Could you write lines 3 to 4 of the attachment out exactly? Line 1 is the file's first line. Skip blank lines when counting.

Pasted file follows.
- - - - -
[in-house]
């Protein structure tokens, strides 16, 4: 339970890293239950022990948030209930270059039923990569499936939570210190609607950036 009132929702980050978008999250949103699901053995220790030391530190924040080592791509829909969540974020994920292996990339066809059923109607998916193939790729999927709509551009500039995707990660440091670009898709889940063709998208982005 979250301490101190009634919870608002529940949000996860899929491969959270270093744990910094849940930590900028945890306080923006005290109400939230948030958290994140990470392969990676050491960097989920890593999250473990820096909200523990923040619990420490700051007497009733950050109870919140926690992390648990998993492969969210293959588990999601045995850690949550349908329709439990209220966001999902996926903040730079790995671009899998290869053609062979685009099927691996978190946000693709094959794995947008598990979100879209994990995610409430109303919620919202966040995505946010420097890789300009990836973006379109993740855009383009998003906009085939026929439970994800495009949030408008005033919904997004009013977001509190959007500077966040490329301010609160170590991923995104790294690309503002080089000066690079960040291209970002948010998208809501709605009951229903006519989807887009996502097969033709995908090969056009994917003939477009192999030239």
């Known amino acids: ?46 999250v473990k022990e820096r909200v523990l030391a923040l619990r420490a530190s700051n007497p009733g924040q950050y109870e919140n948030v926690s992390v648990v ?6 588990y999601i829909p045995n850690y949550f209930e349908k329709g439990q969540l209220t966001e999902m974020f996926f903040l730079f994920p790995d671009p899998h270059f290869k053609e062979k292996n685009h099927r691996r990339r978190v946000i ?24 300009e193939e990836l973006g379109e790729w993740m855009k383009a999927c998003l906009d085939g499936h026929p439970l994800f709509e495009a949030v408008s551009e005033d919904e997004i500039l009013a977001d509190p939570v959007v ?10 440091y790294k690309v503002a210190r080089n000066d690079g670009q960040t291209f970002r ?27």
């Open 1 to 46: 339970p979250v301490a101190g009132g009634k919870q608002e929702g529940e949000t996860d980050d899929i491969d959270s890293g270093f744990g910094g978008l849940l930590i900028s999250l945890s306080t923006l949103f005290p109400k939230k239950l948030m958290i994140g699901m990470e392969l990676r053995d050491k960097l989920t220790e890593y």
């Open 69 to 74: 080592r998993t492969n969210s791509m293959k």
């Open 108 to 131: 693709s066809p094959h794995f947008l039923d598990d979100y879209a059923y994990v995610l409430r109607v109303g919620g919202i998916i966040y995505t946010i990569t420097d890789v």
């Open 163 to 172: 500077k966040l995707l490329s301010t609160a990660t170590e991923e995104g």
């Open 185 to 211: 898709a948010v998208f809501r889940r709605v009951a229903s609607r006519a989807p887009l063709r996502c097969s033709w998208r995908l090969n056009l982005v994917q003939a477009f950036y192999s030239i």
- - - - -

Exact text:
């Known amino acids: ?46 999250v473990k022990e820096r909200v523990l030391a923040l619990r420490a530190s700051n007497p009733g924040q950050y109870e919140n948030v926690s992390v648990v ?6 588990y999601i829909p045995n850690y949550f209930e349908k329709g439990q969540l209220t966001e999902m974020f996926f903040l730079f994920p790995d671009p899998h270059f290869k053609e062979k292996n685009h099927r691996r990339r978190v946000i ?24 300009e193939e990836l973006g379109e790729w993740m855009k383009a999927c998003l906009d085939g499936h026929p439970l994800f709509e495009a949030v408008s551009e005033d919904e997004i500039l009013a977001d509190p939570v959007v ?10 440091y790294k690309v503002a210190r080089n000066d690079g670009q960040t291209f970002r ?27």
């Open 1 to 46: 339970p979250v301490a101190g009132g009634k919870q608002e929702g529940e949000t996860d980050d899929i491969d959270s890293g270093f744990g910094g978008l849940l930590i900028s999250l945890s306080t923006l949103f005290p109400k939230k239950l948030m958290i994140g699901m990470e392969l990676r053995d050491k960097l989920t220790e890593y």